An ABA consultation indicated that a top priority showed that bullying was a behaviour choice and that children and young people can set a positive example by opting to respect each other at school, in their homes and communities and online.

To mark the beginning of the week, young people were encouraged to wear odd socks to school and on the Thursday, a day was set aside to highlight the issue of cyberbullying.

This had royal backing, with the launch of a campaign entitled Stop, Speak, Support by the Royal Foundation Taskforce on the Prevention of Cyberbullying, which was set up by the Duke of Cambridge.

Cyberbullying is one of the most difficult forms of bullying to detect and control, and estimates suggest that one in five teenagers has been a victim. Talking about the problem is a start and it is important for victims to realise that they are not simply telling tales. The ABA is working with young people to develop a whole range of tools and support material.

Bullying of staff

Another bullying issue in schools, and one that is very rarely talked about, is the bullying of staff. Teachers generally join the profession because they wish to contribute to the good of society. Many will start their careers with a starry-eyed expectation of what they hope to achieve.

Unfortunately, within a very short time many will be wondering whether they have chosen the right career for themselves. Rather than having opportunities to make use of their creative skills, they find themselves tied into a compliance culture where securing a good or outstanding Ofsted judgment appears to be the school’s one and only aim.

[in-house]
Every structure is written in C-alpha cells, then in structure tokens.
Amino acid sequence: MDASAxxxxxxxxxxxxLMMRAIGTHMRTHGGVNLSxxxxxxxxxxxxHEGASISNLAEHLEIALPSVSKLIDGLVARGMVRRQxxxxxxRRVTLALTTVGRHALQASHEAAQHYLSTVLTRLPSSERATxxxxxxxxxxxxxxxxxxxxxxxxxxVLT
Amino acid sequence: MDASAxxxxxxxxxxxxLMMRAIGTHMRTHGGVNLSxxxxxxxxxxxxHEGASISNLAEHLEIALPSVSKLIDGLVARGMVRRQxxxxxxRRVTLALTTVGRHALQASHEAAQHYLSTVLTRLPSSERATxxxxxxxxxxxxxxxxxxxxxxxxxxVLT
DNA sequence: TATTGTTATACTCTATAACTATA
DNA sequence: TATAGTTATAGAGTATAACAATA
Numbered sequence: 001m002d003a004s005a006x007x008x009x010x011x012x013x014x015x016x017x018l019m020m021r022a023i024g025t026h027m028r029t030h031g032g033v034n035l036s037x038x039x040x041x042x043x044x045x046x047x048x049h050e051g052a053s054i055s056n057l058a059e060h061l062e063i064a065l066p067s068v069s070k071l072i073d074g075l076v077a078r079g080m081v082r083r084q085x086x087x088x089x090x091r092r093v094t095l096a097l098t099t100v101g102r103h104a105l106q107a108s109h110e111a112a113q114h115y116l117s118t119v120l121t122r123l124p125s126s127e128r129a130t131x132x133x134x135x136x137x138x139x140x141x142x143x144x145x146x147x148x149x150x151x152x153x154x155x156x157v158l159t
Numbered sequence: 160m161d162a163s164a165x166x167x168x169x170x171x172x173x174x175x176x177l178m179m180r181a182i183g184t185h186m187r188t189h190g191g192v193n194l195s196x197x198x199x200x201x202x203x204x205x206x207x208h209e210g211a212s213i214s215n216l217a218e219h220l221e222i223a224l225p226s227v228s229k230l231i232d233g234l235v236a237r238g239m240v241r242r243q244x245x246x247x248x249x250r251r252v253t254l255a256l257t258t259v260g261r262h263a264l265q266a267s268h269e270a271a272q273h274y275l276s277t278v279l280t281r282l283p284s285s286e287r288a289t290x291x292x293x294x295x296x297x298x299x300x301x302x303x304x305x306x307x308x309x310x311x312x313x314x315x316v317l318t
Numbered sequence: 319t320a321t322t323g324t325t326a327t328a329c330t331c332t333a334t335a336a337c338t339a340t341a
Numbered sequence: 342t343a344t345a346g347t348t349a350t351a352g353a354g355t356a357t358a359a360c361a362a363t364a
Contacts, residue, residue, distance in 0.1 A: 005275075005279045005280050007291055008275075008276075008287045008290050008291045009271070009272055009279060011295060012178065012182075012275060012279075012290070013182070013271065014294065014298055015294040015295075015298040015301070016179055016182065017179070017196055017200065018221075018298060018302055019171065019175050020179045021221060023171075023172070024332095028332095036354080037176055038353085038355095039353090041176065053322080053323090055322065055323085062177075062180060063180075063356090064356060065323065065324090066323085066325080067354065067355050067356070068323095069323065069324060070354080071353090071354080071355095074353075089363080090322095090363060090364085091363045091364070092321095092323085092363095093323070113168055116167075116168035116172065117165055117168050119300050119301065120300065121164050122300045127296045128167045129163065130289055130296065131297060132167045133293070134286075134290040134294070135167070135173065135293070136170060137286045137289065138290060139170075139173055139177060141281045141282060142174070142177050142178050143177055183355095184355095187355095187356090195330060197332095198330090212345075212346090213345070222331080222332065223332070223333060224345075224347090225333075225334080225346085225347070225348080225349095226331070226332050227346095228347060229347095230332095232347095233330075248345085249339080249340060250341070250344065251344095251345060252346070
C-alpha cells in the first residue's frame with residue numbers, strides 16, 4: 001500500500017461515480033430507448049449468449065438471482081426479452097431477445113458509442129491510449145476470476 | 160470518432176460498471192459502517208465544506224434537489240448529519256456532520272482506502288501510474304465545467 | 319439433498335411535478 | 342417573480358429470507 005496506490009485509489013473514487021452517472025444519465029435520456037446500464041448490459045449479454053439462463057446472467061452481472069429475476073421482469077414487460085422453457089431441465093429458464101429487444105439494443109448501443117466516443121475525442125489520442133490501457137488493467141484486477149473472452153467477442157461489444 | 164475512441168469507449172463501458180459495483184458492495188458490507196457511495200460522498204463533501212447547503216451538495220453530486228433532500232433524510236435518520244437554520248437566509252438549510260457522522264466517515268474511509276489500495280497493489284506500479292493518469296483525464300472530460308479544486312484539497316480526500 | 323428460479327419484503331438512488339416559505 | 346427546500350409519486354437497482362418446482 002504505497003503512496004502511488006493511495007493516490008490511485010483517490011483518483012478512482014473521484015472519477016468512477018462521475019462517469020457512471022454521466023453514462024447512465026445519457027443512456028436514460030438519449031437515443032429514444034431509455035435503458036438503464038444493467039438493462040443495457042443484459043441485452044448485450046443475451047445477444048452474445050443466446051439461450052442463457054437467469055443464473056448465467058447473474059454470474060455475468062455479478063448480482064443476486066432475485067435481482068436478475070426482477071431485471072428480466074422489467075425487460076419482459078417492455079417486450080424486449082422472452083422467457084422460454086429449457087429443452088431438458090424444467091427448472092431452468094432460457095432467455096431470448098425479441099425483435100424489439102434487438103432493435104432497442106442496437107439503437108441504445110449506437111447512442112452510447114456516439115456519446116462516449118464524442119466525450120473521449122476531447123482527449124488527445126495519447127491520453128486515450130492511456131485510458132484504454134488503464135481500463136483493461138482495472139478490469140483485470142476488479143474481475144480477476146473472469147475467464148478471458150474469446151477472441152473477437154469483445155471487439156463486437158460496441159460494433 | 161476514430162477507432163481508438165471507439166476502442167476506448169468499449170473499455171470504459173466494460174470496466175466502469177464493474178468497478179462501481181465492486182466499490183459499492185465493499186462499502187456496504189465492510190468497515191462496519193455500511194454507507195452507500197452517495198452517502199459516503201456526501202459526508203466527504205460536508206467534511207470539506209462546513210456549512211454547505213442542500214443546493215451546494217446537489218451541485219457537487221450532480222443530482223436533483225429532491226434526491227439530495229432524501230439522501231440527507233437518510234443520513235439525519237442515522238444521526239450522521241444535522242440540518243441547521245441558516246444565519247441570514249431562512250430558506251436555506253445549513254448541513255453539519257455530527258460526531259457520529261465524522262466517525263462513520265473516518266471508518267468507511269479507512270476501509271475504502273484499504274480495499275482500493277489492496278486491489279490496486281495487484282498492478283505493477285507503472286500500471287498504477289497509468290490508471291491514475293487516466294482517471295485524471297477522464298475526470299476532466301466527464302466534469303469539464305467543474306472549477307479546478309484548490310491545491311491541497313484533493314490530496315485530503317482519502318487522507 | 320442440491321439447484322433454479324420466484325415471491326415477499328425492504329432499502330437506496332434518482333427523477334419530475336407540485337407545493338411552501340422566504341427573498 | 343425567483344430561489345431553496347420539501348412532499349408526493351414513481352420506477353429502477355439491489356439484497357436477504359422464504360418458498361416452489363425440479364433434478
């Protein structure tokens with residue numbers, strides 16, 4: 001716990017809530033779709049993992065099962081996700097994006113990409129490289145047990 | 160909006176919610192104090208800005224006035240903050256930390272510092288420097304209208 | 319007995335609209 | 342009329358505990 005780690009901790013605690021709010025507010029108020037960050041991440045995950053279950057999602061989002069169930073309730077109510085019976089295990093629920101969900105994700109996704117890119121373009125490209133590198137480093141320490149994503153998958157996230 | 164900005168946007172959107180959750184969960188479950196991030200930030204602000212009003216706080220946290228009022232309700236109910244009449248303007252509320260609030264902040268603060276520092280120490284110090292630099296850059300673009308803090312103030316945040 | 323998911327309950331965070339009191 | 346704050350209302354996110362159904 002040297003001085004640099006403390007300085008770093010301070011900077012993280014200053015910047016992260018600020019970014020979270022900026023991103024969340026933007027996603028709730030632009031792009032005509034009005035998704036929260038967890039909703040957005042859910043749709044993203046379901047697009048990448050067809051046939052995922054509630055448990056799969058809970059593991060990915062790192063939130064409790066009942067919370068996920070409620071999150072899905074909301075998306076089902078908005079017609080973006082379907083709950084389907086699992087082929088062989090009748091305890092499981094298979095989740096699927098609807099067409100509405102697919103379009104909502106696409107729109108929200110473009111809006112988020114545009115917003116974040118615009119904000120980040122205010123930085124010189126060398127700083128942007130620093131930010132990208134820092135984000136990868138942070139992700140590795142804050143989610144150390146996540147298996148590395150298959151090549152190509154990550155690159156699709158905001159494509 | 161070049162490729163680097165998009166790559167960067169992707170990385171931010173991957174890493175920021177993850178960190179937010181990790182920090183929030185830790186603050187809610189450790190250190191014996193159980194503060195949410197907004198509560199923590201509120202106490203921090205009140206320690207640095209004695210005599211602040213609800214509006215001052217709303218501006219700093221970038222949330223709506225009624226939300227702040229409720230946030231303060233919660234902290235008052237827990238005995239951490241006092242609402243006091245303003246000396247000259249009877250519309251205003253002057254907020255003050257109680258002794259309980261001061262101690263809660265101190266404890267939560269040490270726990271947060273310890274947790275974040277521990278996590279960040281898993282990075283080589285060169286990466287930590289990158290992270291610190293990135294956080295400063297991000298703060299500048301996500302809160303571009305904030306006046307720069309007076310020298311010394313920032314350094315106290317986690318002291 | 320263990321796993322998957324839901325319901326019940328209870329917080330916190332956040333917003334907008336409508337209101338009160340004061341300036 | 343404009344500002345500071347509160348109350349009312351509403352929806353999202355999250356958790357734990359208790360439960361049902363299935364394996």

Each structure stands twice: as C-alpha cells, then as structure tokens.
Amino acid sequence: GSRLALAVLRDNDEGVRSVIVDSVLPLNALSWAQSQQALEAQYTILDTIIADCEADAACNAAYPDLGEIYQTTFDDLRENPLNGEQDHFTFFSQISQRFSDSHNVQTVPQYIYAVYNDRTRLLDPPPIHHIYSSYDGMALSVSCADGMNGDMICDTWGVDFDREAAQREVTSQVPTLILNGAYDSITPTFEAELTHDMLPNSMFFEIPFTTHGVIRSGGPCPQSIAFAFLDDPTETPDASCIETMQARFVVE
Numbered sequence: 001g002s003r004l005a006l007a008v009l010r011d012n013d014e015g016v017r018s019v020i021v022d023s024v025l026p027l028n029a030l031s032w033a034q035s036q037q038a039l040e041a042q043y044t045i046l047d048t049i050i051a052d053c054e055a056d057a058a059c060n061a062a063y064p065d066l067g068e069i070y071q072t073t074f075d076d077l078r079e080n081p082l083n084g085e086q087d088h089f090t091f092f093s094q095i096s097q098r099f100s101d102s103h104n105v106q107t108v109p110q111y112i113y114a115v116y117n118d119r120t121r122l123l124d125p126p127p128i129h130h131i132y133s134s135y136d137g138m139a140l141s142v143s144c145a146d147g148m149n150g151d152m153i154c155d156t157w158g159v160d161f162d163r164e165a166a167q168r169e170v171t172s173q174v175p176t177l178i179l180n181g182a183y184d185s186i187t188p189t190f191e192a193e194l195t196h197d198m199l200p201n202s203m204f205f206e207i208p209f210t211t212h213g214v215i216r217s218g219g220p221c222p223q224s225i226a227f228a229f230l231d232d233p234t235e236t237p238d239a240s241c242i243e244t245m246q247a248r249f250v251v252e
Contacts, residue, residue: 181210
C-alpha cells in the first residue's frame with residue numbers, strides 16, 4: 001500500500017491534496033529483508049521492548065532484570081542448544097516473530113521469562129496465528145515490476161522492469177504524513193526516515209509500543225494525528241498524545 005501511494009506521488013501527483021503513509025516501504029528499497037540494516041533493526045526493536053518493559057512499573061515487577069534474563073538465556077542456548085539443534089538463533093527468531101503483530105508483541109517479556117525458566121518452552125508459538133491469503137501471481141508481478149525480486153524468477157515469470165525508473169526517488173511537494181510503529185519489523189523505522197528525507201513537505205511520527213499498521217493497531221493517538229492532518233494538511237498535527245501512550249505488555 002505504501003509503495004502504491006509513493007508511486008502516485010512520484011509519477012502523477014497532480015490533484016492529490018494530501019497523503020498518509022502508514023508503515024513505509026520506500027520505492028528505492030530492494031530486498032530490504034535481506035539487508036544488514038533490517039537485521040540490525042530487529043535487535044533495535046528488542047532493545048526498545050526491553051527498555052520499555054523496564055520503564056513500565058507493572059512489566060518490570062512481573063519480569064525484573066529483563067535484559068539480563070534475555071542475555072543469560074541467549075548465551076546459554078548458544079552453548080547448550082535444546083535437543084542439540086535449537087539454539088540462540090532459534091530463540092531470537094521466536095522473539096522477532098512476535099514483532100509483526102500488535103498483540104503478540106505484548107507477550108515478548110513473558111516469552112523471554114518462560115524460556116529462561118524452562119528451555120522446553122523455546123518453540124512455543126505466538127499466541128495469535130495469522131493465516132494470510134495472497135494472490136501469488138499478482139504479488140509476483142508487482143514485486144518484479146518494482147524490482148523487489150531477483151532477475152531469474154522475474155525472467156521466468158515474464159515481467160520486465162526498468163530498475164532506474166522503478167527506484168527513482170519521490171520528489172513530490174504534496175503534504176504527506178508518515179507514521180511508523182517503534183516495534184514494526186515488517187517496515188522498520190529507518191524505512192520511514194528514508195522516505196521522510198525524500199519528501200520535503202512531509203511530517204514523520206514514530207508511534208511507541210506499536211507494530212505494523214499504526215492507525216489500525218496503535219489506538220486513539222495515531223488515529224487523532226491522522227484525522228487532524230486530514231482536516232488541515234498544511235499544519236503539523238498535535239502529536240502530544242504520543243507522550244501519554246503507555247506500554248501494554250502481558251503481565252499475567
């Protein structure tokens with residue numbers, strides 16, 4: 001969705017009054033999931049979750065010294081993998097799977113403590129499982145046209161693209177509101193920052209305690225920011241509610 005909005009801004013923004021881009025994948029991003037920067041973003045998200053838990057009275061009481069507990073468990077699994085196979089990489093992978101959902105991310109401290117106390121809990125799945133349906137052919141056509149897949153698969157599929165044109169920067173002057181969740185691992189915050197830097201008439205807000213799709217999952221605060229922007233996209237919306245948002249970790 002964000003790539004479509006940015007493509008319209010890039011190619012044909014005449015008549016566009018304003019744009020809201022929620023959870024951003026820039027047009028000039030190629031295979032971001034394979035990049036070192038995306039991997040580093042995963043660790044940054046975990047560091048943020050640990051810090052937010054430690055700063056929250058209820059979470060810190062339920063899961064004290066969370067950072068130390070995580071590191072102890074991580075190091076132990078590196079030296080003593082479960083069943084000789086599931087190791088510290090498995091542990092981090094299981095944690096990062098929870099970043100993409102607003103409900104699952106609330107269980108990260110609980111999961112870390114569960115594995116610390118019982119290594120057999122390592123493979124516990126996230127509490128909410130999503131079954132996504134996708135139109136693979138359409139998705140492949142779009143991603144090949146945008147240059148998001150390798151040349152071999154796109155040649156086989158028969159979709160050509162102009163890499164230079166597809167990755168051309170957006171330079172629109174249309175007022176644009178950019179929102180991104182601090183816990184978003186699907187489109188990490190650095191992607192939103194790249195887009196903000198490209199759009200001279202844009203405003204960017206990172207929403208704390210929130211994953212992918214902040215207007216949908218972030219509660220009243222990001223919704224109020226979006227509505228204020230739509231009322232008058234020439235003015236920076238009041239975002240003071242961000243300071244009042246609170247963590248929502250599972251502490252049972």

Our education system is currently one that is based on expectations, rules and procedures, with constant surveillance, target setting and box ticking. Add to this, the significant pressure from a Head who fears that their job is on the line if the school does not achieve a high score, it is easy to understand how staff can be demoralised and depressed. Of course, this should not happen because there should be systems and procedures in place that will support struggling teachers who are finding it difficult to cope.

The cost of training a teacher for an undergraduate primary degree is set at £38,000. According to The Guardian, almost a quarter of the teachers who have qualified since 2011 have already left the profession, which is a completely unacceptable drain. A significant number of those have left due to bullying by over-stressed Heads.

As with all kinds of bullying, bottling it up is not the answer. Research has shown that when it comes to the issue of staff bullying, support from others is vital for teachers who are victims. A very effective way is for bullied teachers to co-operate and take a joint complaint to their union. Unfortunately, many teachers fear that if they step out of line they will be next to be bullied.

Another kind of staff bullying, is where staff are bullied by pupils, both verbally and physically. Traditionally, these teachers have been looked down on as those who simply cannot control their classes, but in truth many of their problems could be solved if the schools provided a better level of support.

Violence against teachers is said to be on the increase. Schools are obliged to follow anti-discriminatory law that prevents discrimination, harassment and victimisation within a school which applies to all — staff as well as pupils.

Last reviewed 15 November 2018